What is gospel preaching?
I realise that many who read this article will not be preachers, but this is nevertheless relevant to all believers. Whether we are preachers or hearers, we need to re-examine what we would expect from the ministry of the word. What should we look for? What do we need to hear from the pulpits of our churches? True gospel preaching will not only fulfil the preacher’s ministry, but will revive the desire of every believer to make Christ known.
Passion for souls
The gospel preacher must have a passion for the souls of men and women. He’s not preaching to teach them, but to save them. Every gospel sermon has this glorious aim. He must also love the people. The eighteenth-century English preacher Richard Cecil said:
To love to preach is one thing; to love those to whom we preach is quite another. If you lack this element of compassion for the people, you will also lack the pathos which is a very vital element of true preaching.
It is this love and pathos that brings into gospel preaching what Dr D.M. Lloyd- Jones called a ‘melting quality’. What a phrase that is! It’s possible to be too harsh in our gospel preaching, even to the point of delighting to tell sinners they are going to hell. We must preach about hell, but, oh, to be able to do so with this melting quality!
The gospel preacher must preach to where the people are, not where he would like them to be. Today most people are biblically illiterate, so preachers must preach to that condition. This means preaching simply, clearly and keeping free of jargon. George Whitefield said, ‘l use market language’ and Spurgeon said, ‘The multitudes will never be benefited by preaching which requires them to bring a dictionary to church’. Using plain speech doesn’t mean using slang but language and concepts that people can understand, and illustrations they can relate to.
An impossible task?
The people we’re seeking to save are spiritually dead; they are incapable of understanding spiritual truths because the devil has blinded their minds. We are just like Ezekiel before the valley of dry bones. Written right across the situation is the word ‘impossible’. Spurgeon said:
No minister living can save a soul; nor can all of us together, nor all the saints in heaven or in earth. We cannot work the regeneration of a single person. The whole business on our part is the height of absurdity.
Then why try? We do this because of two reasons.
- We ourselves were once spiritually dead, and the impossible happened to us. We were saved.
- The impossible is possible because of God. It is God alone who saves, but he has chosen to use the means of preaching to accomplish salvation, and therefore, preaching the gospel is crucial.
All this requires that the gospel preacher must have an unwavering trust in God and an unshakeable confidence in the message he is preaching. It is this alone that keeps us going. If our confidence is in anything else, sooner or later it will let us down, and we will become demoralised and disillusioned.
Should we expect success?
The task of the gospel preacher is the salvation of souls, and he should be satisfied with nothing less.
We must be faithful, but even that is not enough. We must want success. The gospel is meant by God to save souls, and, therefore, it ought to save. I wonder if we think the word ‘success’ is unspiritual? Richard Baxter said:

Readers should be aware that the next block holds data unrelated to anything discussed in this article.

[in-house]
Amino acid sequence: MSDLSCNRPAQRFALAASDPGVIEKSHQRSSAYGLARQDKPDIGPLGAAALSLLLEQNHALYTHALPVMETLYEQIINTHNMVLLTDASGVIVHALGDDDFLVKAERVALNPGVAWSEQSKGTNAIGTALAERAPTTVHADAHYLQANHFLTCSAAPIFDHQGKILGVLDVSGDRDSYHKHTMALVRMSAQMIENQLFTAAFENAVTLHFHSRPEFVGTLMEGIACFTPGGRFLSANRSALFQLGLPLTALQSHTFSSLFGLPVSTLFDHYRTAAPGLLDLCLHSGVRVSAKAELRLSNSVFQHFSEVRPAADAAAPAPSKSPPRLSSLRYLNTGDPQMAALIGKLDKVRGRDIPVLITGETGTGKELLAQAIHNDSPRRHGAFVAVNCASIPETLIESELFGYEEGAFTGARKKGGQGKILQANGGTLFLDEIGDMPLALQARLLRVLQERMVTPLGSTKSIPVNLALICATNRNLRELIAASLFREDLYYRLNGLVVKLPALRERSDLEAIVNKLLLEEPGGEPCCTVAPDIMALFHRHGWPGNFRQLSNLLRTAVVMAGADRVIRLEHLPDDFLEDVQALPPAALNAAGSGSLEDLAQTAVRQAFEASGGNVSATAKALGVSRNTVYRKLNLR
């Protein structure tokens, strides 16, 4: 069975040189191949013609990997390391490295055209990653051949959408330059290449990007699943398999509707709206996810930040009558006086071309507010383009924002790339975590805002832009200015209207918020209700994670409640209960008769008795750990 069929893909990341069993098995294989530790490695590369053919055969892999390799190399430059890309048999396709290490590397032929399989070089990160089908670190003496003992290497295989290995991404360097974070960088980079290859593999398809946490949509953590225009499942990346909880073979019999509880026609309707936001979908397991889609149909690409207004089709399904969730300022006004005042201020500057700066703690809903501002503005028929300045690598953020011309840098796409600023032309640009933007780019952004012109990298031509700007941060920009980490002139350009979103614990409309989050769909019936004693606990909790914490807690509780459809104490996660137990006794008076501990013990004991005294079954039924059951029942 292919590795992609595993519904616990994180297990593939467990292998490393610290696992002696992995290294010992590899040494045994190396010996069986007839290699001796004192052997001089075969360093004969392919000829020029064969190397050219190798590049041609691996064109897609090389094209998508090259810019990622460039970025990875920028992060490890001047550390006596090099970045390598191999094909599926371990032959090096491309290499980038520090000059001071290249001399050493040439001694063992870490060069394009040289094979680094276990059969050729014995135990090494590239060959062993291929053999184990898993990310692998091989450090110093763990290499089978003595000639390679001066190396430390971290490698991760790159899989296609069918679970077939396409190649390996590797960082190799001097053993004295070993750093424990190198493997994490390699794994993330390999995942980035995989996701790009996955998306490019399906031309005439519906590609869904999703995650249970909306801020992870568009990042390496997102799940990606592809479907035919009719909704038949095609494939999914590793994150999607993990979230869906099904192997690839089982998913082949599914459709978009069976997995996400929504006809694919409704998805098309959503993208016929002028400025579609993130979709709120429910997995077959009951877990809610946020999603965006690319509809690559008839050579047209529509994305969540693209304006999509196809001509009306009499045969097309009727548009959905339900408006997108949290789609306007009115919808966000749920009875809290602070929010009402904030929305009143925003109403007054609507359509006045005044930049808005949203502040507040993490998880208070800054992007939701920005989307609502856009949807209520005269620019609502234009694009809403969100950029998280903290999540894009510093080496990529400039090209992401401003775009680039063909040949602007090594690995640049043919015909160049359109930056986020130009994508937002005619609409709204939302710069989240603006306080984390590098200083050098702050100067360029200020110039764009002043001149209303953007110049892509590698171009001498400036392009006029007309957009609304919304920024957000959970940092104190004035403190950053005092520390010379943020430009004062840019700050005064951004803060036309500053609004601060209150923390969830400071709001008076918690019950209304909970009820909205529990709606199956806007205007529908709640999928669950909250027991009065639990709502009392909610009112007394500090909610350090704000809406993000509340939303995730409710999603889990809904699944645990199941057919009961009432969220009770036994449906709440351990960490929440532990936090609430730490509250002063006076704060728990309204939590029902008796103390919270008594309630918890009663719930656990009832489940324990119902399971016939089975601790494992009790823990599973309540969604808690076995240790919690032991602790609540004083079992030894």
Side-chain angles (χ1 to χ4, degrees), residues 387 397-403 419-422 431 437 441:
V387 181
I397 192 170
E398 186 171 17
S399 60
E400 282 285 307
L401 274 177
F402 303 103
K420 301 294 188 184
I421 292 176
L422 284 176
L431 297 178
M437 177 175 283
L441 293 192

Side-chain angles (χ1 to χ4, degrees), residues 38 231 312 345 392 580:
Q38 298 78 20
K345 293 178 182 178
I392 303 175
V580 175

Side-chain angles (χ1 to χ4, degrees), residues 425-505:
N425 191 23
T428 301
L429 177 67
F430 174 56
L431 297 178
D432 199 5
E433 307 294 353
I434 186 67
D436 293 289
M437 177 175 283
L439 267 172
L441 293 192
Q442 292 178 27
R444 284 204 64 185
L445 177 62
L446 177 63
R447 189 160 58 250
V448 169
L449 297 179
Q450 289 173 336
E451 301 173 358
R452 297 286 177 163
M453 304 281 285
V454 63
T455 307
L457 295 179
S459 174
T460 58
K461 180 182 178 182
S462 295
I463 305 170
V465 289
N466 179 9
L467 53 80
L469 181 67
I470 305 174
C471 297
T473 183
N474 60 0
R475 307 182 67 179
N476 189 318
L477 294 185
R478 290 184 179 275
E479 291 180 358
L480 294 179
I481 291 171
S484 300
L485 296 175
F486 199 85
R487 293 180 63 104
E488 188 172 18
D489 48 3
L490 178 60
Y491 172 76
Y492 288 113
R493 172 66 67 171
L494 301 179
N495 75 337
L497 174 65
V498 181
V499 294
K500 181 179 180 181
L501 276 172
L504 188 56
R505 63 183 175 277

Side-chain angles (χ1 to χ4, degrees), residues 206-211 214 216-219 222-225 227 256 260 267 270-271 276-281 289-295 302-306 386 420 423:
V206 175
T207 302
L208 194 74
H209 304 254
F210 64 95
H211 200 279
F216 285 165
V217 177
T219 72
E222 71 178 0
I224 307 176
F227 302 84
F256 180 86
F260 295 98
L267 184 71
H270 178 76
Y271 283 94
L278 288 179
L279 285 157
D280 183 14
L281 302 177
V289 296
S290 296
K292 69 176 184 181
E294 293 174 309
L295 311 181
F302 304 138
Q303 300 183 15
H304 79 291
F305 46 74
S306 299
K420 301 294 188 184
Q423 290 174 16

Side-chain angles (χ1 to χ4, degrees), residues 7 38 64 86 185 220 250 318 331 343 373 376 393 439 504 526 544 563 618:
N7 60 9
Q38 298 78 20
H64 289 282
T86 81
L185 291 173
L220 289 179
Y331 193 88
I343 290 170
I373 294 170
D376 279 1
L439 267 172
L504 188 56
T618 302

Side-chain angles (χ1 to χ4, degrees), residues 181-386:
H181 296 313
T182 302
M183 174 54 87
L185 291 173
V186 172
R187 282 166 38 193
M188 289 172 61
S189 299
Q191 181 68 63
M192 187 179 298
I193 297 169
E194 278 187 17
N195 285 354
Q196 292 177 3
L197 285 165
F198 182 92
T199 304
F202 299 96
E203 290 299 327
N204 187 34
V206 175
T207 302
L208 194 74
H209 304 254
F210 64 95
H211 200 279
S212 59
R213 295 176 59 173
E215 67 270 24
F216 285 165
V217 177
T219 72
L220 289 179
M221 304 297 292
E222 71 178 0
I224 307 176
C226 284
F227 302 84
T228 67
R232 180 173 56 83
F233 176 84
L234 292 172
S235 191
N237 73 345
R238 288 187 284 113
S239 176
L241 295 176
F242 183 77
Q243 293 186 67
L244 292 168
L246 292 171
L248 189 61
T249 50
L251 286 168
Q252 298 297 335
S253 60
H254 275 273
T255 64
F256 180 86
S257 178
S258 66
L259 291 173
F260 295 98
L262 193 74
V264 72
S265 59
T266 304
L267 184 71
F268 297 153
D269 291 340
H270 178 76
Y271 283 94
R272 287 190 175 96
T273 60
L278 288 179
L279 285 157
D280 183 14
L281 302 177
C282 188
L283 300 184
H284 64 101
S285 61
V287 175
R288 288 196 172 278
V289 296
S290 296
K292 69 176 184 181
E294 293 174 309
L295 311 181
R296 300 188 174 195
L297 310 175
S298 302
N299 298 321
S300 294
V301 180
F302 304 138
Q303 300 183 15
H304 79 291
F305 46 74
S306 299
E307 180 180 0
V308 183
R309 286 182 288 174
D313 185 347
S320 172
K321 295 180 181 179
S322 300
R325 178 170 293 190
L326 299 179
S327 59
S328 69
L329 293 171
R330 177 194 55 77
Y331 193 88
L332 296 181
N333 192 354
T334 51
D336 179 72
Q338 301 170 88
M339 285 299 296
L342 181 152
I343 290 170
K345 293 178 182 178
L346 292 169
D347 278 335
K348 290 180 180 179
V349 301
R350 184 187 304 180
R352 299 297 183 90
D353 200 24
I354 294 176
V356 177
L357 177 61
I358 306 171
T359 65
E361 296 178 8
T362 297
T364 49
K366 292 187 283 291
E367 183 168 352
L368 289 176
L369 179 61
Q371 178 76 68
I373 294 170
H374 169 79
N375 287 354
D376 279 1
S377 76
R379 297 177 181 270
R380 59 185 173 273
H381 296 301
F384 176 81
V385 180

If you would prosper in your work be sure to keep up earnest desires and expectations of success. God seldom blesses any man’s work so much as his whose heart is set on success. Let all that preach Christ and man’s salvation be unsatisfied until they have the things they preach for.
Reaching the heart, not the emotions
The task of the preacher is to reach the heart of the sinner. Spurgeon said:
A sinner has a heart as well as a head; a sinner has emotions as well as thoughts, and we must appeal to both. A sinner will never be converted until his emotions are stirred.
For most preachers the easy part is to preach the truth, to give a faithful exposition of Scripture. The difficult thing is to preach in such a way that we stir the hearts and prick the consciences of sinners. An easy way out is to say that only the Holy Spirit can do that. But is that a right attitude? Isn’t that giving up our responsibilities as preachers and reducing preaching to mere lecturing?
How do we then preach so that sinners’ hearts and emotions are stirred? It’s not by filling the sermon with sentimental stories of dying children. That may well stir the emotions, but it won’t lead to salvation. That’s the work of an actor, not a preacher. Neither can we achieve it by packing the service with gimmicks and working up an atmosphere.
What a privilege
So how do we do it? By preaching to them and for them. That means we must have plenty of application all the way through the sermon; pointing out truths, pushing them home, showing their relevance to everyday affairs of life. In this way we will guard against being heavy and boring. What a privilege the gospel preacher has in standing before people who are dead in sin and telling them that God loves
them. What a privilege it is to prove it by telling them of Jesus; to tell them of the glories of the incarnation, of Calvary, of prophecies fulfilled, of divine justice satisfied, of the resurrection; to tell them that God demands the response of repentance and faith. What a privilege to preach the gospel! What a joy to see the Holy Spirit begin to work in sinners – to see indifference turning to concern, concern to conviction, conviction to salvation.
Peter Jeffery served as a minister in England and Wales before engaging in an itinerant ministry of evangelism and preaching.
The content of this article is available as a leaflet produced by DayOne Publications.